Flicker

 

 

Directed, Produced, & Written by Keira Rosner

Logline

A child is born into the world literally glowing but as she grows older and begins to struggle with her mental health, the lights begin to go out.

Synopsis

Flicker opens with a conversation between two new parents about how they should handle the fact that their daughter, Lucy, is “different” from other children: she is literally glowing. Bioluminescent lights reside under her soft skin. The remainder of the film follows Lucy as a high school freshman who has become insecure about the lights attracting attention. People stare at her in the hallways and after a comment that a volleyball teammate makes, Lucy grows upset and one of her lights goes out. As time goes on and Lucy becomes more anxious, lights continue to flicker and burn out. Between playing volleyball outside of school hours, mounds of homework, and the pressure to keep up appearances of having a social life, Lucy has no free time to relax and has her first panic attack during a volleyball practice.

As Lucy becomes more and more overwhelmed by her responsibilities, her lights continue to burn out and she becomes visibly disheveled. Her parents talk amongst themselves and to Lucy about how she has fewer lights than before, but she shrugs off their attempt at conversation. Lucy finds out that a recruiter from a nearby university is interested in watching her play volleyball and this makes her ecstatic. However, at a celebratory party, Lucy becomes overwhelmed and has another panic attack, realizing that even her life is objectively going well, trying to keep up with so many things has taken a significant toll on her mental health. Heather soothes her, saying that she is good enough and that nobody can possibly be perfect all the time. Lucy goes home and for the first time in a long time, she admires her reflection in the mirror. A light flickers back on as she gains some of her confidence back and Lucy smiles.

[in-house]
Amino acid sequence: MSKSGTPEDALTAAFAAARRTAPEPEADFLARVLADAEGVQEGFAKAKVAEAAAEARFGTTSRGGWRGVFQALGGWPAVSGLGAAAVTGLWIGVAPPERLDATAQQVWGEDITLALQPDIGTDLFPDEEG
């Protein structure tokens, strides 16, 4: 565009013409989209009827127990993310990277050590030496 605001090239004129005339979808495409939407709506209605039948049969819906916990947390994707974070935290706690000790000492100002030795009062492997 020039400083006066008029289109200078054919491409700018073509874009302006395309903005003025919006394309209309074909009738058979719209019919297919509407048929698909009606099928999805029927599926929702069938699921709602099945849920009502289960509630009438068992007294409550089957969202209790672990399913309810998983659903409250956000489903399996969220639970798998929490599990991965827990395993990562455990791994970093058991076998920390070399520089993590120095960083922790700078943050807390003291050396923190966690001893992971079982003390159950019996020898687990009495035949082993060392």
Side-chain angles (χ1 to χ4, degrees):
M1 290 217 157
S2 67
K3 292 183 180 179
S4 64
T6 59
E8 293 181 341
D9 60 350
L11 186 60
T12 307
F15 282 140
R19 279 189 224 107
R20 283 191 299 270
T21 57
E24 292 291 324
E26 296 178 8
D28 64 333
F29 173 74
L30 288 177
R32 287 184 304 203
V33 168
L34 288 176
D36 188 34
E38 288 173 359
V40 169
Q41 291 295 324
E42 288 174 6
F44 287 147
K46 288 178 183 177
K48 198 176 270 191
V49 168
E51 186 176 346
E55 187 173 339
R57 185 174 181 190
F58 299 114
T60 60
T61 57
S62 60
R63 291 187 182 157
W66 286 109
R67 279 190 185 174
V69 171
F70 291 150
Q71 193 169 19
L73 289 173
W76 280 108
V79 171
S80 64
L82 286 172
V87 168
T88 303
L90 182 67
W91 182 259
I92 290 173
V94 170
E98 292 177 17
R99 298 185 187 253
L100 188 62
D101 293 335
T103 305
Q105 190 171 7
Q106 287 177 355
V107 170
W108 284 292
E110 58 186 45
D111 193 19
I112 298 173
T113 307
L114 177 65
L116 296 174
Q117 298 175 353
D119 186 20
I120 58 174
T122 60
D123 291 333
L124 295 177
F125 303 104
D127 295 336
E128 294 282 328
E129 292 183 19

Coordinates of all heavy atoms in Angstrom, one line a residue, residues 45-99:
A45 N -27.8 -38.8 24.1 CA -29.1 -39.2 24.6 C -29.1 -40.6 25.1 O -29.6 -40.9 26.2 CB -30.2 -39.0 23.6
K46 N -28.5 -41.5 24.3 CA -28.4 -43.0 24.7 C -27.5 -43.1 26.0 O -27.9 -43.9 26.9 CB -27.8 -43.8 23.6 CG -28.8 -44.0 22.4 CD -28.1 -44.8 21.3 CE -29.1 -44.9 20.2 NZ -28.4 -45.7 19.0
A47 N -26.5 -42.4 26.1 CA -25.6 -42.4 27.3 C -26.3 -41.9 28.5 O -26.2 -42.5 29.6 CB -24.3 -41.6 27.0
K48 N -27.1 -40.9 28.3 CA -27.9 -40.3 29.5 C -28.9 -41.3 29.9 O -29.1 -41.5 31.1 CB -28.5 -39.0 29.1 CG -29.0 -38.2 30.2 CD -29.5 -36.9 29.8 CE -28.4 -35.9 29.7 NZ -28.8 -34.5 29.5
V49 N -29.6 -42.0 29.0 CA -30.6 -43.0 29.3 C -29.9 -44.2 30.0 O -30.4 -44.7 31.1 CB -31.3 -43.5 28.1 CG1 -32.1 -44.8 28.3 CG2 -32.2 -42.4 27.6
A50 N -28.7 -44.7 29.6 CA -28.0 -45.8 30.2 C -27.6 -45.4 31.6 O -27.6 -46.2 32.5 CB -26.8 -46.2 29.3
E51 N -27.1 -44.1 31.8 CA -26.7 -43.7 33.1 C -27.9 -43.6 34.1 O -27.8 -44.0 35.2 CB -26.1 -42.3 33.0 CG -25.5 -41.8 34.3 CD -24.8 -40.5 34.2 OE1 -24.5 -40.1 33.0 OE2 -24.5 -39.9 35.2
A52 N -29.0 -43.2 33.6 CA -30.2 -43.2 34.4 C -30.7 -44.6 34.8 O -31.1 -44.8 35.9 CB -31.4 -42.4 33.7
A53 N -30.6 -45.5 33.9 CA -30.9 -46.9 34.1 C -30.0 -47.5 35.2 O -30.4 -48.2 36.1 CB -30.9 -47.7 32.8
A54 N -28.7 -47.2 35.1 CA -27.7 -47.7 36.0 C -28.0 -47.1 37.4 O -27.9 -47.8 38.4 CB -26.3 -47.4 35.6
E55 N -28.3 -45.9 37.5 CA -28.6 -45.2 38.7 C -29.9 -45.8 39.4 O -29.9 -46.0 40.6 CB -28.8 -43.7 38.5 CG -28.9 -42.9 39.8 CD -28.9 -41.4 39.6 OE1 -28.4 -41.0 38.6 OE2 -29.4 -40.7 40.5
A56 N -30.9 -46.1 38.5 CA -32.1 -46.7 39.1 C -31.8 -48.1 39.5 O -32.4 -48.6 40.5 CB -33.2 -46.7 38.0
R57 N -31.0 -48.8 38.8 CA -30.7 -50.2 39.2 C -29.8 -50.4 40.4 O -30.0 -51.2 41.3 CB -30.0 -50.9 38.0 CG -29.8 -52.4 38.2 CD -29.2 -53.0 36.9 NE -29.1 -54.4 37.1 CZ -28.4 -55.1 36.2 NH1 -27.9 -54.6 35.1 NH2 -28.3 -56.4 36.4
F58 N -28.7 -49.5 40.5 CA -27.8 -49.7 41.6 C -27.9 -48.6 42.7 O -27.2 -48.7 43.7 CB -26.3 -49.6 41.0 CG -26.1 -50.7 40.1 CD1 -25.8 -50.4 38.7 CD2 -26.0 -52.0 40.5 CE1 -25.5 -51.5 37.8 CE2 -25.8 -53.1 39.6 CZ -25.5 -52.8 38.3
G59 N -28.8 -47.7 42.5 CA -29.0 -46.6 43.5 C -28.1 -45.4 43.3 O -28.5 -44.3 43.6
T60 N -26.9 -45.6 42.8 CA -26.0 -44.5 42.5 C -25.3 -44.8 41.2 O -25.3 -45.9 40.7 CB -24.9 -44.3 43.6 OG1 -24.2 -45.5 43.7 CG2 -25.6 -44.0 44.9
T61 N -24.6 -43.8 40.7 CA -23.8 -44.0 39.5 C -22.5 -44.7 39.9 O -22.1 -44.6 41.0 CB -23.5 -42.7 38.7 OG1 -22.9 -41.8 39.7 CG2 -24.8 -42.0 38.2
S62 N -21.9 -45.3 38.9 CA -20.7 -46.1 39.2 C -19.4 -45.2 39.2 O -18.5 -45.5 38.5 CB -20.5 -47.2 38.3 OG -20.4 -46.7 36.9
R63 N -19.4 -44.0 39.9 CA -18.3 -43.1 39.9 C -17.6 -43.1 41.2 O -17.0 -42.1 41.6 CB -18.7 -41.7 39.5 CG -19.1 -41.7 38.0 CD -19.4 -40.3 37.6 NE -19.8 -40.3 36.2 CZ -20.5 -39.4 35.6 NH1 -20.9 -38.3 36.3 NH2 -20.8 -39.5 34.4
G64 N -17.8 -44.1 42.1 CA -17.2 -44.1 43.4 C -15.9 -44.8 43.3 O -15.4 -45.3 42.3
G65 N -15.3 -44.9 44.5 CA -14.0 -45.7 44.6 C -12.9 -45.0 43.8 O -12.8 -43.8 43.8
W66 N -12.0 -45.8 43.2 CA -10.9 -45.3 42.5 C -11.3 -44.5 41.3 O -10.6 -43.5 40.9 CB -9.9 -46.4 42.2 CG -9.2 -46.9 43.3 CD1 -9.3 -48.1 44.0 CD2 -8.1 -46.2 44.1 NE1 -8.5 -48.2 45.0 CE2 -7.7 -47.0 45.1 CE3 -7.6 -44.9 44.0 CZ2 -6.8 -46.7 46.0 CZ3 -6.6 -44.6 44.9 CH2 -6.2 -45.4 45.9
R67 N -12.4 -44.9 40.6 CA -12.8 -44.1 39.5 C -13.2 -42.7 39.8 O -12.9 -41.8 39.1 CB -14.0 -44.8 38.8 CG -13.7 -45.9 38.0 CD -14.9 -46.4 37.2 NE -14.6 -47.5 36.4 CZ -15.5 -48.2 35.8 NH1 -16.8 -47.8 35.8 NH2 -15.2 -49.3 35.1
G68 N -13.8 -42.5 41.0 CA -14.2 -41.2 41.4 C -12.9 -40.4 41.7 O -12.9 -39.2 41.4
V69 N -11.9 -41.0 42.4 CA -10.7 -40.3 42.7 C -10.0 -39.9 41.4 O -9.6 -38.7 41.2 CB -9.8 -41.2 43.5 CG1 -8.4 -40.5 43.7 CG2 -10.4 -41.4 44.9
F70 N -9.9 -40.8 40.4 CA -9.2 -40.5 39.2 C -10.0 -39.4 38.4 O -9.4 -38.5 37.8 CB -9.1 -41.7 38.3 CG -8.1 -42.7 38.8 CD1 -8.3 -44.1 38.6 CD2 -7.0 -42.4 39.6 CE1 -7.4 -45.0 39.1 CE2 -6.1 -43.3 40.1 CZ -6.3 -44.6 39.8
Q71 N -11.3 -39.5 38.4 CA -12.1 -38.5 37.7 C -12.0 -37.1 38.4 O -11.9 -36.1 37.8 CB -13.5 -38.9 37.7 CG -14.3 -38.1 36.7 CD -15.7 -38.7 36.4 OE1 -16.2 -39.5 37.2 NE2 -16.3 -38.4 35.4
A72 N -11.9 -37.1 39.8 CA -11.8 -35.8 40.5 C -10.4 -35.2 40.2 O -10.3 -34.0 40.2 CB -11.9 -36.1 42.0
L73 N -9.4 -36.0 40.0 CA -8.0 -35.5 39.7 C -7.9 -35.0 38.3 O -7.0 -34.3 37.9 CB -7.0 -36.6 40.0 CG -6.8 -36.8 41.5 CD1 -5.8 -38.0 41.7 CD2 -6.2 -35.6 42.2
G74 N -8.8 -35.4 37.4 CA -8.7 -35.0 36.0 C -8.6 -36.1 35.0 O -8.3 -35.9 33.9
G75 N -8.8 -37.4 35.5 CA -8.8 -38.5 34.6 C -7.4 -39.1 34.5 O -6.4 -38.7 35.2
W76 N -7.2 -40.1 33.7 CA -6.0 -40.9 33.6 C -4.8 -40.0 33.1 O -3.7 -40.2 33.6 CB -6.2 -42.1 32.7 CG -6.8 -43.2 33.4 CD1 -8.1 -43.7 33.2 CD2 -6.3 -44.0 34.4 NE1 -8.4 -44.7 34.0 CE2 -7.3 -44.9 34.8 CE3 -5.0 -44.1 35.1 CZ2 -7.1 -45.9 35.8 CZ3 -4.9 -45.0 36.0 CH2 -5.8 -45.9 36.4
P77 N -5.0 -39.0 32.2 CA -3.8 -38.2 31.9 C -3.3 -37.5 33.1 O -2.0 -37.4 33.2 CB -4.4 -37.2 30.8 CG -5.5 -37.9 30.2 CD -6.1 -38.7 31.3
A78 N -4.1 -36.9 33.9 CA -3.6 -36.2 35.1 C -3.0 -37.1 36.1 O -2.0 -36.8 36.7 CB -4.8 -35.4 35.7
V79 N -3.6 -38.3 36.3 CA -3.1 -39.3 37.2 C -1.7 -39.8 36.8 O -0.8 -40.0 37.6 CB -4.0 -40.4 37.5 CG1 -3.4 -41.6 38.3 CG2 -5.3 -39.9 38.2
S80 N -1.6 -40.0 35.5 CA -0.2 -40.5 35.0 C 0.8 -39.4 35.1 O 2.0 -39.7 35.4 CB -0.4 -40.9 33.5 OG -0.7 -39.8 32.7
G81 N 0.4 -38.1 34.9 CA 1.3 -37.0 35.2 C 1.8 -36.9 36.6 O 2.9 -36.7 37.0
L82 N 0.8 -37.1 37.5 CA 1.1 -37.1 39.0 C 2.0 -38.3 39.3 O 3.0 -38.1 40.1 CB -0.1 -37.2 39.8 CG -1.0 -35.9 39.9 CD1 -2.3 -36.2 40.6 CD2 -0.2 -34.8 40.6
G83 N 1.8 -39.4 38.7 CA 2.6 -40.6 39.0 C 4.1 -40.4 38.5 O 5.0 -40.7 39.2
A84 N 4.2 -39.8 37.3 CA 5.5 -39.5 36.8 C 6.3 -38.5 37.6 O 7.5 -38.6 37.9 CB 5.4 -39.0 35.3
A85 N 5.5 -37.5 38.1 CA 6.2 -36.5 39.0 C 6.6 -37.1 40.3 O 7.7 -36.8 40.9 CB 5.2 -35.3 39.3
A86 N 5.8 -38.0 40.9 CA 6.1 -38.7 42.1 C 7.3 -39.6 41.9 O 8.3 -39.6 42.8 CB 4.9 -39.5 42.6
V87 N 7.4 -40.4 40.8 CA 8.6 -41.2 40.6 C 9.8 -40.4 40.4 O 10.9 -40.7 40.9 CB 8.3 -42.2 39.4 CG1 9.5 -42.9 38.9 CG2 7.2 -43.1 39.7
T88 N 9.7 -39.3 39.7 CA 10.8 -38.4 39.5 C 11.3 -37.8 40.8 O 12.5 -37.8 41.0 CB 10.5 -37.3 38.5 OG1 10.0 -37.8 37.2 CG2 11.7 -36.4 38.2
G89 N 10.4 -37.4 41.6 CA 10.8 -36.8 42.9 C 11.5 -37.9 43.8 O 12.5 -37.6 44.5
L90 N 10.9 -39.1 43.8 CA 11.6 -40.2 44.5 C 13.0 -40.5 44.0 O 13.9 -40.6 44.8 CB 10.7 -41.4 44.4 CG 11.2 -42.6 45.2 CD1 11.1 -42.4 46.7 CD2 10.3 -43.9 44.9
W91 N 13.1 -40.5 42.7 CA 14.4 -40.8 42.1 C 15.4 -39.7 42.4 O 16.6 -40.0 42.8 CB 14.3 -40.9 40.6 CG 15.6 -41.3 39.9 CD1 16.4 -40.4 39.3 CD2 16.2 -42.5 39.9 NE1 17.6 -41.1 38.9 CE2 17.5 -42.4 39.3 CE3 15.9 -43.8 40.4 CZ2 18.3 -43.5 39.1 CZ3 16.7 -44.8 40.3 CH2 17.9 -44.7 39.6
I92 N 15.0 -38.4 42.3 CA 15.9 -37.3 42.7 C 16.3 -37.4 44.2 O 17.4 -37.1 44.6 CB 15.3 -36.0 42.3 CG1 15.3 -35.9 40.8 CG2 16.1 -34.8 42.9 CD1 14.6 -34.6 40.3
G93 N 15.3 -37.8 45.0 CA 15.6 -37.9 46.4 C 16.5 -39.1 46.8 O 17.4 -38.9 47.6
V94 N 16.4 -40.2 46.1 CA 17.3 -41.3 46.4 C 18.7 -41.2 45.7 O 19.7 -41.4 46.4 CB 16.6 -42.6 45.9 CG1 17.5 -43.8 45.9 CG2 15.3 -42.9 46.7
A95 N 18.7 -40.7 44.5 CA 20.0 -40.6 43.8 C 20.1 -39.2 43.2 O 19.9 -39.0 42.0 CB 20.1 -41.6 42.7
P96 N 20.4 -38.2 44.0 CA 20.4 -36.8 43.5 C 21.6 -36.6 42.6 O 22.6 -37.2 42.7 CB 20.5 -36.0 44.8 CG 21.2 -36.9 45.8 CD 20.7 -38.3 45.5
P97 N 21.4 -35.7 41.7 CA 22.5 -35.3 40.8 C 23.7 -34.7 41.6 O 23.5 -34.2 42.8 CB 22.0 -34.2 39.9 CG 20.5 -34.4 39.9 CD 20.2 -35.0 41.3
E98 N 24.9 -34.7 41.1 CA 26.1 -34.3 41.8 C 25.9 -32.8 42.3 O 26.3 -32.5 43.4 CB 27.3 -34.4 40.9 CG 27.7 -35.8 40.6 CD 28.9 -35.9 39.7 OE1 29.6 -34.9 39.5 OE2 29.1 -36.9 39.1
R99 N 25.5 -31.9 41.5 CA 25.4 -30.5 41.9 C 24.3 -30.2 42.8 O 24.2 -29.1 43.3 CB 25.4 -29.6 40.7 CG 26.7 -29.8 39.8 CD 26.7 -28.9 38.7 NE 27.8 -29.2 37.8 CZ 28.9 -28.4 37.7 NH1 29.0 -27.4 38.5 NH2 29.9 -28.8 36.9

Characters

Leads:

Lucy (female, 15): Lucy is incredibly unique because of one defining physical feature–the glowing lights embedded in her skin. She has grown self-conscious about looking different, especially since she has just entered a new high school, but she is lucky to have supportive friends who stick up for her. Lucy is kind, has one of the highest GPAs in her grade, and is an incredibly talented volleyball player on her school’s varsity team. On the surface, she seems to have it all… But having so many responsibilities becomes anxiety-inducing over time. (Height and any knowledge of volleyball are a plus, but certainly not a requirement.) This role requires the actress to be comfortable wearing green stickers during production, as these will be used to help create the “glow” effect during the editing process. This role also requires the actress to be okay wearing string lights under her clothes for a few scenes. 

Heather (female, 18): Heather is the captain of the varsity volleyball team and she manages to strikes a winning balance between being confident and approachable. Extroverted and fun to be around, she is a natural leader, but does not let the power go to her head; she sticks up for all of her teammates and quickly becomes a close friend of Lucy’s. Since Heather is nearing the end of high school and Lucy has just entered, Heather acts as a supportive mentor and friend.

Supporting: 

Emily (female, 40s): Lucy’s mother, who worries excessively about the impact that the lights might have on Lucy’s life, though it is obvious that her concerns come from a place of love.

John (male, 40s): Lucy’s father, who is more level-headed than Emily and often calms her down when she is worried. John does not show a ton of emotion, but is immensely perceptive and it is clear that he is paying attention.

Jessica (female, 18): Jessica is a typical high school mean girl who makes a rude comment about Lucy’s lights. She is on the volleyball team, so also quite athletic.

Kelly and Sophie (female, 14-18): Lucy has two friends that she speaks to between classes in the hallway. They are somewhat geeky but otherwise unassuming high school girls.

Compensation

Credit in film screenings and film festival submissions, a digital copy of your performance, on set catering and craft services, posters, and clips for a reel

Contact

Keira Rosner

Email: krosner@tulane.edu

Sides are available upon request.

 

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